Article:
Now a noble heart has stopped. Good night, dear prince. Good night. And flights of angels sing thee to thy rest. Goodbye, my prince. (He repeats these lines four times, in different versions that could be translated differently or not.) Give me the man who is not passion’s slave and I will hold him in my heart’s core. As I do you. (Pause.) Death is a sleep. A sleep. A sleep. A sleep. (Music rises. Funeral procession continues across the stage and exits left.)
How shall I describe that day? The sky full of fog. The people silent. Eyes far away, cheeks streaked with tears. Bells tolling in the distance, carrying the grievous news. (Deep sigh.) The mighty king Hamlet the Elder was dead. I urged Hamlet the young prince to let me go with him to Denmark to attend his father’s funeral, but he went ahead.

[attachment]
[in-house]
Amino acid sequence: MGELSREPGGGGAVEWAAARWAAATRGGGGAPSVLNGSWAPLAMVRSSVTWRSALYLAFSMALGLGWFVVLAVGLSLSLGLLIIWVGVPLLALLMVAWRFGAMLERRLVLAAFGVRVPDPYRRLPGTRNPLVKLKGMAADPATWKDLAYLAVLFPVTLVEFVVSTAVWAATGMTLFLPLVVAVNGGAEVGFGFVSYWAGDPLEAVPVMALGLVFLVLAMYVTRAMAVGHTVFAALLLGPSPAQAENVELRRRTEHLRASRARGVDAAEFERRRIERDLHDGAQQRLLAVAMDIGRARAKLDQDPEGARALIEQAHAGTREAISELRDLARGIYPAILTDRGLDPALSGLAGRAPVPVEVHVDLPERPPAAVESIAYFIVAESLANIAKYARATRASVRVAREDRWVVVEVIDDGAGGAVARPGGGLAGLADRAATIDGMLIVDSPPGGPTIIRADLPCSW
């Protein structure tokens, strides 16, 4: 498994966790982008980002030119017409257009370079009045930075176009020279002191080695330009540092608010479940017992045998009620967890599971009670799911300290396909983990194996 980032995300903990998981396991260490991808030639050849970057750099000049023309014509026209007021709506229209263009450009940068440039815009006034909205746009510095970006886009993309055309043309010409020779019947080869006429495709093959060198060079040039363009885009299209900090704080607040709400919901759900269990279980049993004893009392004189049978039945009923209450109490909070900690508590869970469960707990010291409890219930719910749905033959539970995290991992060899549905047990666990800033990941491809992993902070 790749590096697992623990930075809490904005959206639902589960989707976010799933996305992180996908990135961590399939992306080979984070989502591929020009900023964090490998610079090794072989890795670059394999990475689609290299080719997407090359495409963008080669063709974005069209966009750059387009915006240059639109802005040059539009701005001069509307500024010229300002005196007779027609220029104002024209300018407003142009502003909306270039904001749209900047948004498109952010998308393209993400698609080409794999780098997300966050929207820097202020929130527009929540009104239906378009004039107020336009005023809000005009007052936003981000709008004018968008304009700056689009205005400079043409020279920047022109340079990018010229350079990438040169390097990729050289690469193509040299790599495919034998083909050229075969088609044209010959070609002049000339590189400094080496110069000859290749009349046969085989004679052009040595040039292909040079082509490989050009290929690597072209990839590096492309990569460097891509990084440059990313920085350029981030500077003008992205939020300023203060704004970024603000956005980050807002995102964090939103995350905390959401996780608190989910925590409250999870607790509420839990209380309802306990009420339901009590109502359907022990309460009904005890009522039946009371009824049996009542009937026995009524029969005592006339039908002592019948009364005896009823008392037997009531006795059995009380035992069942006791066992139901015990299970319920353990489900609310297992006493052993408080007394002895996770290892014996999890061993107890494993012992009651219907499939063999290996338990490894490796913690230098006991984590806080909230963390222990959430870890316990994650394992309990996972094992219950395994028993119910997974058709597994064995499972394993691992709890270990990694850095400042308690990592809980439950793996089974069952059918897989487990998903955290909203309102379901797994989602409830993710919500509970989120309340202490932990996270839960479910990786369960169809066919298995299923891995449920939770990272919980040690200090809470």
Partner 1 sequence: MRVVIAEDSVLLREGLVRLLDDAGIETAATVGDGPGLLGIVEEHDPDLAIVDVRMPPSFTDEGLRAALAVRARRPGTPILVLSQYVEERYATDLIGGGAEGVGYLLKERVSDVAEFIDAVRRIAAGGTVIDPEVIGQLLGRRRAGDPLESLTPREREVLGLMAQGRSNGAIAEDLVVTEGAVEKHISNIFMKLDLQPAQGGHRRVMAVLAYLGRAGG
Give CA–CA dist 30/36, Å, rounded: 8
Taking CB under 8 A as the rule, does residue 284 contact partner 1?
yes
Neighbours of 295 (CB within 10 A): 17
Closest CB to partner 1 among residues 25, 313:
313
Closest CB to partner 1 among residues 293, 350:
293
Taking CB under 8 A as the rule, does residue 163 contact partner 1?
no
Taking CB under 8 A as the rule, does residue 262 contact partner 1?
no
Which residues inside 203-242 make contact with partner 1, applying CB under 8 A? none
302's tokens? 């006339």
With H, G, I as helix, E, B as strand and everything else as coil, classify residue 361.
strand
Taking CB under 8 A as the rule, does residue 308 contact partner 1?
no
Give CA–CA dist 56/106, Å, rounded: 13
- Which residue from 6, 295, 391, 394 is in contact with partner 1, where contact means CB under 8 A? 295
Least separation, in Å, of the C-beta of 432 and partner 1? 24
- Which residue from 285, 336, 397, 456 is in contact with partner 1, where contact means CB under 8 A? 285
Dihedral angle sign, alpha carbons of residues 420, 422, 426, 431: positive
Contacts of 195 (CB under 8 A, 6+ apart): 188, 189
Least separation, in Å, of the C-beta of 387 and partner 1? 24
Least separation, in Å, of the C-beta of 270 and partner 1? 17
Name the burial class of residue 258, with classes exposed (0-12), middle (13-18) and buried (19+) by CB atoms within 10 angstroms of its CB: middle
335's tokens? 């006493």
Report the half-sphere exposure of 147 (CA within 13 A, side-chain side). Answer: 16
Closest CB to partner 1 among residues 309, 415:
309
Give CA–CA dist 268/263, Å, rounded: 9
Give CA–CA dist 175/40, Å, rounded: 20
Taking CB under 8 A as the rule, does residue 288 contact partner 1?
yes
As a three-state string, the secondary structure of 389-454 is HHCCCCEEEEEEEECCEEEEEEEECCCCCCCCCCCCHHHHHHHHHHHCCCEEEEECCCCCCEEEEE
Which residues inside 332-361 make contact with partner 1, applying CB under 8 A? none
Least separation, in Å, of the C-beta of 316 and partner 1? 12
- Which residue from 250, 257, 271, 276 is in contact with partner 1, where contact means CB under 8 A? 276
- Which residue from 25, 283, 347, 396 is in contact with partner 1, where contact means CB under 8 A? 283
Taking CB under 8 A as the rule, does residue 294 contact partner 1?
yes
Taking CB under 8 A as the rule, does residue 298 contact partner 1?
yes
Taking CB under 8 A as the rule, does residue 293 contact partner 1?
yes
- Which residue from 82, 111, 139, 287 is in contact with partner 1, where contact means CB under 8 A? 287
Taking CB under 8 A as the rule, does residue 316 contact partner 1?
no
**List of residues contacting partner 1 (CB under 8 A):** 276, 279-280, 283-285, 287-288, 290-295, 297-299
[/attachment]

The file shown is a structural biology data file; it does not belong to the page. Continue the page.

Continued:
And when I arrived here, in Denmark, there was no funeral, and no signs of mourning. I saw Claudius, the uncle of the prince, who had become a king on the throne, and had married the queen, the wife of his dead brother. From here began the tragedy which ended with the death of the young prince, Hamlet.
And only I am left: Horatio, alone, lost. I have to set the people straight and tell them the whole story of the things that took place, including crimes of passion and blood, deaths put on by fate and forced cause. All this can I now tell you, truly.